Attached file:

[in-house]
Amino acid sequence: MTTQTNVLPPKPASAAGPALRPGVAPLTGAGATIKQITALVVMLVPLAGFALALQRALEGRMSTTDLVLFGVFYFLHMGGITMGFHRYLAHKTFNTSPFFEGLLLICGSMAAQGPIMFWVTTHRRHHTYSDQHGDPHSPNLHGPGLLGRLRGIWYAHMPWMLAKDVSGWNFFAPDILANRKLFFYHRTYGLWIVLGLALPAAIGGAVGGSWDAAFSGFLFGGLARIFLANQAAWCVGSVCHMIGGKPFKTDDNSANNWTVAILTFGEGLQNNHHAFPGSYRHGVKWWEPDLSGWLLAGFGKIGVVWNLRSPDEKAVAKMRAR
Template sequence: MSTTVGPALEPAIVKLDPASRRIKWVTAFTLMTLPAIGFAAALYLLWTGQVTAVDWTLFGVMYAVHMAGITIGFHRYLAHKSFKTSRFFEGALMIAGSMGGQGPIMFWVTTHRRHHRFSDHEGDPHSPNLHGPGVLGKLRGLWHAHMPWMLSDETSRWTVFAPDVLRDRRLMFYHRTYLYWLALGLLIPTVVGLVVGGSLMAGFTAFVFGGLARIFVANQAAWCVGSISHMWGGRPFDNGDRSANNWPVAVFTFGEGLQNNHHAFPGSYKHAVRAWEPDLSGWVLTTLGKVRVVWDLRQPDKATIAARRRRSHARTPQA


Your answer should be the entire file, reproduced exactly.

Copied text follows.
[in-house]
Amino acid sequence: MTTQTNVLPPKPASAAGPALRPGVAPLTGAGATIKQITALVVMLVPLAGFALALQRALEGRMSTTDLVLFGVFYFLHMGGITMGFHRYLAHKTFNTSPFFEGLLLICGSMAAQGPIMFWVTTHRRHHTYSDQHGDPHSPNLHGPGLLGRLRGIWYAHMPWMLAKDVSGWNFFAPDILANRKLFFYHRTYGLWIVLGLALPAAIGGAVGGSWDAAFSGFLFGGLARIFLANQAAWCVGSVCHMIGGKPFKTDDNSANNWTVAILTFGEGLQNNHHAFPGSYRHGVKWWEPDLSGWLLAGFGKIGVVWNLRSPDEKAVAKMRAR
Template sequence: MSTTVGPALEPAIVKLDPASRRIKWVTAFTLMTLPAIGFAAALYLLWTGQVTAVDWTLFGVMYAVHMAGITIGFHRYLAHKSFKTSRFFEGALMIAGSMGGQGPIMFWVTTHRRHHRFSDHEGDPHSPNLHGPGVLGKLRGLWHAHMPWMLSDETSRWTVFAPDVLRDRRLMFYHRTYLYWLALGLLIPTVVGLVVGGSLMAGFTAFVFGGLARIFVANQAAWCVGSISHMWGGRPFDNGDRSANNWPVAVFTFGEGLQNNHHAFPGSYKHAVRAWEPDLSGWVLTTLGKVRVVWDLRQPDKATIAARRRRSHARTPQA